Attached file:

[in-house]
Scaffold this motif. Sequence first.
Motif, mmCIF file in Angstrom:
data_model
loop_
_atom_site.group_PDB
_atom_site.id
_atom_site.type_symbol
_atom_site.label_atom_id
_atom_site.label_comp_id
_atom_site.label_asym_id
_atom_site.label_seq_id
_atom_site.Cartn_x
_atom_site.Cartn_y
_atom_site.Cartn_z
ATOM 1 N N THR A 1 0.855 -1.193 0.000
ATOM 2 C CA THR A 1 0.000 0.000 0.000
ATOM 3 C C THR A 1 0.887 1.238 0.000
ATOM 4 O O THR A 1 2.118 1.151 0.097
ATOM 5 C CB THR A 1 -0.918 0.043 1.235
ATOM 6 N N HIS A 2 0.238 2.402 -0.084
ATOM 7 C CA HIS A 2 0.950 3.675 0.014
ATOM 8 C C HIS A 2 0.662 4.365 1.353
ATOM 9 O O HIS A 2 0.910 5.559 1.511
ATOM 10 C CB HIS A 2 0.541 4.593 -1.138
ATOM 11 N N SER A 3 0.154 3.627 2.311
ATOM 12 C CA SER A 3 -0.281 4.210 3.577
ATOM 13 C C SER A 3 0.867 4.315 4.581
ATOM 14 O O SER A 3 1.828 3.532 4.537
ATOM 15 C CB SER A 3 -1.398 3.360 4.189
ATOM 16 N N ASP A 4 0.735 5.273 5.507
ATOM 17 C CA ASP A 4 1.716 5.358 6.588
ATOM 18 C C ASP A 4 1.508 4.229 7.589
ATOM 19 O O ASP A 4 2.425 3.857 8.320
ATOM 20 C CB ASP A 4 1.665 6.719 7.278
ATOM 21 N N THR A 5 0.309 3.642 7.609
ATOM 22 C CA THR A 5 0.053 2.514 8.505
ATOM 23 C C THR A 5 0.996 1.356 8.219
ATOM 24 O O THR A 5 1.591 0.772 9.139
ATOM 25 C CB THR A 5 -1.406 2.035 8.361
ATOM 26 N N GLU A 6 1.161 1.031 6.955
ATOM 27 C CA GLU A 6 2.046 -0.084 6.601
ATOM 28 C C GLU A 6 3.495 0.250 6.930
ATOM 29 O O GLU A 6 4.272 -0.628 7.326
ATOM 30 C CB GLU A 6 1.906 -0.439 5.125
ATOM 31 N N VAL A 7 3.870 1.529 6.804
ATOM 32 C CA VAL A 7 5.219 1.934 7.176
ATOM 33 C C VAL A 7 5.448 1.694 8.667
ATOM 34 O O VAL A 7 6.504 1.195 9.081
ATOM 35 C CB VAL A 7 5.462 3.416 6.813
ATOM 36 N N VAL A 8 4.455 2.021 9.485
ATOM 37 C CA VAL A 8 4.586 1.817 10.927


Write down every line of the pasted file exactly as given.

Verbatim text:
[in-house]
Scaffold this motif. Sequence first.
Motif, mmCIF file in Angstrom:
data_model
loop_
_atom_site.group_PDB
_atom_site.id
_atom_site.type_symbol
_atom_site.label_atom_id
_atom_site.label_comp_id
_atom_site.label_asym_id
_atom_site.label_seq_id
_atom_site.Cartn_x
_atom_site.Cartn_y
_atom_site.Cartn_z
ATOM 1 N N THR A 1 0.855 -1.193 0.000
ATOM 2 C CA THR A 1 0.000 0.000 0.000
ATOM 3 C C THR A 1 0.887 1.238 0.000
ATOM 4 O O THR A 1 2.118 1.151 0.097
ATOM 5 C CB THR A 1 -0.918 0.043 1.235
ATOM 6 N N HIS A 2 0.238 2.402 -0.084
ATOM 7 C CA HIS A 2 0.950 3.675 0.014
ATOM 8 C C HIS A 2 0.662 4.365 1.353
ATOM 9 O O HIS A 2 0.910 5.559 1.511
ATOM 10 C CB HIS A 2 0.541 4.593 -1.138
ATOM 11 N N SER A 3 0.154 3.627 2.311
ATOM 12 C CA SER A 3 -0.281 4.210 3.577
ATOM 13 C C SER A 3 0.867 4.315 4.581
ATOM 14 O O SER A 3 1.828 3.532 4.537
ATOM 15 C CB SER A 3 -1.398 3.360 4.189
ATOM 16 N N ASP A 4 0.735 5.273 5.507
ATOM 17 C CA ASP A 4 1.716 5.358 6.588
ATOM 18 C C ASP A 4 1.508 4.229 7.589
ATOM 19 O O ASP A 4 2.425 3.857 8.320
ATOM 20 C CB ASP A 4 1.665 6.719 7.278
ATOM 21 N N THR A 5 0.309 3.642 7.609
ATOM 22 C CA THR A 5 0.053 2.514 8.505
ATOM 23 C C THR A 5 0.996 1.356 8.219
ATOM 24 O O THR A 5 1.591 0.772 9.139
ATOM 25 C CB THR A 5 -1.406 2.035 8.361
ATOM 26 N N GLU A 6 1.161 1.031 6.955
ATOM 27 C CA GLU A 6 2.046 -0.084 6.601
ATOM 28 C C GLU A 6 3.495 0.250 6.930
ATOM 29 O O GLU A 6 4.272 -0.628 7.326
ATOM 30 C CB GLU A 6 1.906 -0.439 5.125
ATOM 31 N N VAL A 7 3.870 1.529 6.804
ATOM 32 C CA VAL A 7 5.219 1.934 7.176
ATOM 33 C C VAL A 7 5.448 1.694 8.667
ATOM 34 O O VAL A 7 6.504 1.195 9.081
ATOM 35 C CB VAL A 7 5.462 3.416 6.813
ATOM 36 N N VAL A 8 4.455 2.021 9.485
ATOM 37 C CA VAL A 8 4.586 1.817 10.927